I definitely have a unique sense of humor, as does my whole family. We love it when people get the giggle fits, and we’ve been known to get a raging giggle fit or two ourselves. We lose it especially over ridiculous things, or when it’s most inappropriate to laugh (while singing in church or during a serious dinner discussion). I can totally envision me and my family, or me and my friend Abby, getting ourselves into a situation like this. Watch for a quick pick-me-up, and I dare you, try not to laugh…
I can’t help falling for collaborations like these…I mean Lorde and Jamie Cullum together? Plus the fantastical elements make it fun. Enjoy, beloveds, on this Monday!
“An interviewer once asked Edith Schaeffer, author and wife of evangelist and philosopher Francis Schaeffer, “Who is the greatest Christian woman alive today?” She replied, “We don’t know her name. She is dying of cancer somewhere in a hospital in India.” I’m talking about that woman. Underneath her obedient life is a sense of helplessness. It has become part of her very nature…almost like breathing. Why? Because she is weak. She feels her restless heart, her tendency to compare herself with others. She is shocked at how jealousy can well up in her. She notices how easily the world gets its hooks into her. In short, she distrusts herself. When she looks at other people, she sees the same struggles. The world, the flesh, and the Devil are too much for her. The result? Her heart cries out to God in prayer. She needs Jesus…
…Less mature Christians have little need to pray. When they look at their hearts (which they rarely do), they seldom see jealousy. They are barely aware of their impatience. Instead, they are frustrated by all the slow people they keep running into. Less mature Christians are quick to give advice. There is no complexity to their worlds because the answers are simple–“just do what i say, and your life will be easier.”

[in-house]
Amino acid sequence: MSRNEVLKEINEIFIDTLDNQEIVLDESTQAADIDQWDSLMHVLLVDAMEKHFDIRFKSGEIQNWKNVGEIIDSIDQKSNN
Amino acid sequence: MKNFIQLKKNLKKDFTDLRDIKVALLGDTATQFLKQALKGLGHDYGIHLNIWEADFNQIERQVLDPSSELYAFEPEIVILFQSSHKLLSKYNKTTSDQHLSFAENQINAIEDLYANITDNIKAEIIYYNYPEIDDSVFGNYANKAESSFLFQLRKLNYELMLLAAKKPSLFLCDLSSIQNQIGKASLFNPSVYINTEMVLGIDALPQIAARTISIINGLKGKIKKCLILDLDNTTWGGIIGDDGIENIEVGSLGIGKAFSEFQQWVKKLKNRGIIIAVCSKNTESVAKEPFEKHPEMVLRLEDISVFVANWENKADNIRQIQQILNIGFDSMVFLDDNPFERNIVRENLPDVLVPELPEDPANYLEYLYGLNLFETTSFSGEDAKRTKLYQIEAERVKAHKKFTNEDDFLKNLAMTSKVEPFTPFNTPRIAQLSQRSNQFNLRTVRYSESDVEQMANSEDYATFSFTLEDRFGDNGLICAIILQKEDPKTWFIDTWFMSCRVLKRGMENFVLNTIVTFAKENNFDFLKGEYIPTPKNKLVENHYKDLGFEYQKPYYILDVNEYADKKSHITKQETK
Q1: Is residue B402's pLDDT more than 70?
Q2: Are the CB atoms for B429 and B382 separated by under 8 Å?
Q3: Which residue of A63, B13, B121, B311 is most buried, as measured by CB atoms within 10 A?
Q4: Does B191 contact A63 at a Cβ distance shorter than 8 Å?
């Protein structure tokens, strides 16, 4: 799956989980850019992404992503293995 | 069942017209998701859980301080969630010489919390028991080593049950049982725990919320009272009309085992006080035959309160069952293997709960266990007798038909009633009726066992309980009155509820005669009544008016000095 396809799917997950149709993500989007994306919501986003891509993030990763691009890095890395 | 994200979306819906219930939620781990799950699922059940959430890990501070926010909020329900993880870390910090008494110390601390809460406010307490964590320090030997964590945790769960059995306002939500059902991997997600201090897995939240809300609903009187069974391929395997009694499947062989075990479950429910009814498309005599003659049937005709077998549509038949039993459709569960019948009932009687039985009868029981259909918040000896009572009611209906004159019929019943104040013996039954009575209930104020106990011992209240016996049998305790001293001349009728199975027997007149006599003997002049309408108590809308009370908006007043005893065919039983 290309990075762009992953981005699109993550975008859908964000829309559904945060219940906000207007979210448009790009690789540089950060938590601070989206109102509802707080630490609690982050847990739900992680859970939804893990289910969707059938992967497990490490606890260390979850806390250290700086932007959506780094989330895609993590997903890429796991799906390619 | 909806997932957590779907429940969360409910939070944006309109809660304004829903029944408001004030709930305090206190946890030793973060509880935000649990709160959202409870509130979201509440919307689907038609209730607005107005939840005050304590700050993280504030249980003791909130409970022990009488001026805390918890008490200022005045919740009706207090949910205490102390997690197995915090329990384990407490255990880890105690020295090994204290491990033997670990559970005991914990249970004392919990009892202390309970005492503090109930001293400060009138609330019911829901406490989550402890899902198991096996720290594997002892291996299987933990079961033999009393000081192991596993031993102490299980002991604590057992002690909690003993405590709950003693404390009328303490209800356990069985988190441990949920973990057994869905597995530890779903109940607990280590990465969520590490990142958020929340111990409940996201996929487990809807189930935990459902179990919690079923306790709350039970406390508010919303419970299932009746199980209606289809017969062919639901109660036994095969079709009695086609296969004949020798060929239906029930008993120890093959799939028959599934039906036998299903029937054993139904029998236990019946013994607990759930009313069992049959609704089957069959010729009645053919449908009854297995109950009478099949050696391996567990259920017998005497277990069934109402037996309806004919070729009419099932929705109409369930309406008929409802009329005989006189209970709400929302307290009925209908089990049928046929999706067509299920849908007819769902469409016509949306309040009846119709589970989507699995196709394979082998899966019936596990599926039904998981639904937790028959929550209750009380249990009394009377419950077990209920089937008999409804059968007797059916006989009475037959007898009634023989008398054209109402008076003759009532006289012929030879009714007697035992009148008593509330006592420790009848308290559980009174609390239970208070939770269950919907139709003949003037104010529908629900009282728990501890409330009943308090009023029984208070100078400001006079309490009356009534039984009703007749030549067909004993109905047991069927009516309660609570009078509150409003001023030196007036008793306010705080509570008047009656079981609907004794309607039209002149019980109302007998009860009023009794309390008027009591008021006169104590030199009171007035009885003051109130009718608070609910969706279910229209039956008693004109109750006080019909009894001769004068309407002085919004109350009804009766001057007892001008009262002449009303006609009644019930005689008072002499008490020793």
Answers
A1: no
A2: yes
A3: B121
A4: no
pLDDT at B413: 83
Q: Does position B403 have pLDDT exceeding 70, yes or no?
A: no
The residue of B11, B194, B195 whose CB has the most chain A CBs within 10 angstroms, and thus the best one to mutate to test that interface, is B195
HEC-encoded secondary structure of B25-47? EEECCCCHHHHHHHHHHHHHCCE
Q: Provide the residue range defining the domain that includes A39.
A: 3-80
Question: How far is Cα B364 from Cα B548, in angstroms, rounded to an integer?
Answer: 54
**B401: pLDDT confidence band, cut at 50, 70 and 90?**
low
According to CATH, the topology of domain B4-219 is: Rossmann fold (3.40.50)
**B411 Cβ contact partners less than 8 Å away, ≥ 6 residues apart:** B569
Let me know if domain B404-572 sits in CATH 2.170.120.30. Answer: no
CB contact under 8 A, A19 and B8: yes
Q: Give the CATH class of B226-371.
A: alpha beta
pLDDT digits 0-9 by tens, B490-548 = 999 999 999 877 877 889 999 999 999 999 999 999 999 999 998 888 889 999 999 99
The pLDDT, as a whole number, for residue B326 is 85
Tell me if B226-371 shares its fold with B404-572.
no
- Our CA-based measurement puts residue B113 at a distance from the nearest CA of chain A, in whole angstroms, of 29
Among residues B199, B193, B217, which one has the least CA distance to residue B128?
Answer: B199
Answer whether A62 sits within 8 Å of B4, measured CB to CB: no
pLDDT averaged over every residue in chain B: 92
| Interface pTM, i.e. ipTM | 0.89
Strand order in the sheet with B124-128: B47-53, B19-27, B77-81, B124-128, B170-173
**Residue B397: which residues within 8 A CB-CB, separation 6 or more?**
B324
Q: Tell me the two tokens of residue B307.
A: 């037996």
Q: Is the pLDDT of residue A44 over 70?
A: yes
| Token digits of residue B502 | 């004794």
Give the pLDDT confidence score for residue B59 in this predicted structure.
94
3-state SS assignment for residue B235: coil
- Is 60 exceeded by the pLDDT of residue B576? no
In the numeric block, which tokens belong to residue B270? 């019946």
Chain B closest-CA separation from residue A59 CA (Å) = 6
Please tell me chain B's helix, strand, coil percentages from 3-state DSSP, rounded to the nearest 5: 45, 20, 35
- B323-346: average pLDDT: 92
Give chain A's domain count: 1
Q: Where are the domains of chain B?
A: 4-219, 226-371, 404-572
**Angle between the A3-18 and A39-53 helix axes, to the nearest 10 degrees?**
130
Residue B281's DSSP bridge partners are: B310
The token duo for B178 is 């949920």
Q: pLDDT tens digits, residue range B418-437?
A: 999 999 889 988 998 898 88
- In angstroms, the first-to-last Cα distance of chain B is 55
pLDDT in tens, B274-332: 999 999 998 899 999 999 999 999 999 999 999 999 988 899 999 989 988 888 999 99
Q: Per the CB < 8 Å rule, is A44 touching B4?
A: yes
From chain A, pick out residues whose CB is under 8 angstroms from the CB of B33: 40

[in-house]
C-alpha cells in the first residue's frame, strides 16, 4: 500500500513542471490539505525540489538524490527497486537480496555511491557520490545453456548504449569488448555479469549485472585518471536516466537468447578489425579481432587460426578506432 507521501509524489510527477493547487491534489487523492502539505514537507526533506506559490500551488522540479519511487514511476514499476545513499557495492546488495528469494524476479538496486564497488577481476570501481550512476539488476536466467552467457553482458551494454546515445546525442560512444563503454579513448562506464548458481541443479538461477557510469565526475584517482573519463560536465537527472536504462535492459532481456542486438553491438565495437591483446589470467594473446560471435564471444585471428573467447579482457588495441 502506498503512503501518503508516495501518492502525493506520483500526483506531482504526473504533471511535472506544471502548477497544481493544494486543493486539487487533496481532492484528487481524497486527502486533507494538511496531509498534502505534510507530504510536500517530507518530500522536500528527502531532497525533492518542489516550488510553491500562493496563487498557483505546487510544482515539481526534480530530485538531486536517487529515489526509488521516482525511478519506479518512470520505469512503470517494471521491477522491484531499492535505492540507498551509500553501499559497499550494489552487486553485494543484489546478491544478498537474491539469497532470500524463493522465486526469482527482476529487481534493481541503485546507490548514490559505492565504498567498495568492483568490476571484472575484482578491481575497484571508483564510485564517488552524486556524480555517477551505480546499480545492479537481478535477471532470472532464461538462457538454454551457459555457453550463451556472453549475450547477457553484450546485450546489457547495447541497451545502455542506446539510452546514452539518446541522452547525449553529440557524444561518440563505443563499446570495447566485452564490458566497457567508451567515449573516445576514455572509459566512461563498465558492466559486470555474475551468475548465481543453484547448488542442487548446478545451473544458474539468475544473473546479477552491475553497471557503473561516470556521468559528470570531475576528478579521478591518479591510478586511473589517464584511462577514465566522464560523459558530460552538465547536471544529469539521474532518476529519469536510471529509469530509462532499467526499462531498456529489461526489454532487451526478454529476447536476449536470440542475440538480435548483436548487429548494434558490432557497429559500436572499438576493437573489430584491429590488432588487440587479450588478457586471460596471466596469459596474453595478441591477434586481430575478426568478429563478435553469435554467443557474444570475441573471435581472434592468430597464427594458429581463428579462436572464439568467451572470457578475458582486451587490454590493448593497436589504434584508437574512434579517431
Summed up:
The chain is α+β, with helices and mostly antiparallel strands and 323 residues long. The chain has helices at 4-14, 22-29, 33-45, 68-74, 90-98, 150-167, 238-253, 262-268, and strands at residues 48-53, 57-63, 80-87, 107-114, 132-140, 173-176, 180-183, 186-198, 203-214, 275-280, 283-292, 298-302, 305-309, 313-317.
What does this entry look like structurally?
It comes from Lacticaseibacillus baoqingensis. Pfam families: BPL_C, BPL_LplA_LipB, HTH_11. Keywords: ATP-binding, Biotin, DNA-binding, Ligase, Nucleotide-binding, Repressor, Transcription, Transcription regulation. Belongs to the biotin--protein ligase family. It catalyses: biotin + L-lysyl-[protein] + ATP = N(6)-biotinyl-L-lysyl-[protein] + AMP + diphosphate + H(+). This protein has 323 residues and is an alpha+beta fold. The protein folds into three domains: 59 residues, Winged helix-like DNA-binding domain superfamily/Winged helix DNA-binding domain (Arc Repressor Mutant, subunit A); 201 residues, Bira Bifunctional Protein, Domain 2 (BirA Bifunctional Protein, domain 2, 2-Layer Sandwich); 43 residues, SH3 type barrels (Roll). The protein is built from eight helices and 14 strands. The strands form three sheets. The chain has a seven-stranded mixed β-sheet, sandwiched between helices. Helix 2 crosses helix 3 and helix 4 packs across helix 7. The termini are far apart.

Surprisingly, mature Christians feel less mature on the inside. When they hear Jesus say, “Apart from me you can do nothing (Jn. 15:5), they nod in agreement. They reflect on all the things they’ve done without Jesus, which have become nothing. Mature Christians are keenly aware that they can’t raise their kids. It’s a no-brainer. Even if they are perfect parents, they still can’t get inside their kids’ hearts. That’s why strong Christians pray more.
John of Landsburg, a sixteenth-century Catholic monk, summarized this well in his classic A Letter from Jesus Christ. He imagined Jesus speaking personally to us:
“I know those moods when you sit there utterly alone, pining, eaten up with unhappiness, in a pure state of grief. You don’t move towards me but desperately imagine that everything you have ever done has been utterly lost and forgotten. This near-despair and self-pity are actually a form of pride. What you think was a state of absolute security from which you’ve fallen was really trusting too much in your own strength and ability…what really ails you is that things simply haven’t happened as you expected and wanted. In fact I don’t want you to rely on your own strength and abilities and plans, but to distrust them and to distrust yourself, and to trust me and no one and nothing else. As long as you rely entirely on yourself, you are bound to come to grief. You still have a most important lesson to learn: your own strength will no more help you to stand upright than propping yourself on a broken reed. You must not despair of me. You may hope and trust in me absolutely. My mercy is infinite.”
-A Praying Life by Paul E. Miller
This performance is the complete package! The song is one of my favorites, the lighting and costumes are spot on, the dancers are having so much fun, and the choreography…well, I can’t help but relish every movement. Of course, the #1 move is “The Carlton.” Enjoy!
It’s no secret I’ve always occupied a front row seat on the math strugglebus. In school, word problems on tests were often my worst enemy. This I can relate to:
But in all seriousness, I truly appreciate how God creates people with different strengths and weaknesses. I am grateful for my non-math strengths, and I am grateful for those of you out there who can slaughter word problems in their sleep. For those of you who can, I tip my hat to you!
“The opening line of the Reformation was a reflection on Jesus’ call to “Repent, for the Kingdom of Heaven is near.” It’s no accident that the first of Martin Luther’s 95 Theses was this: “When our Lord and Master Jesus Christ said, “Repent,” he called for the entire life of believers to be one of repentance.” There’s a comprehensive reorientation of our entire lives. And John Calvin picks up the exact same theme in his Institutes: “In order that believers may reach this goal of nothing less than the image of God, God assigns them a race of repentance which they are to run throughout their lives.” It’s a picture of the essential dynamic of what it means that we are Christians.”
-David Powlison, Westminster’s Convocation Service 2014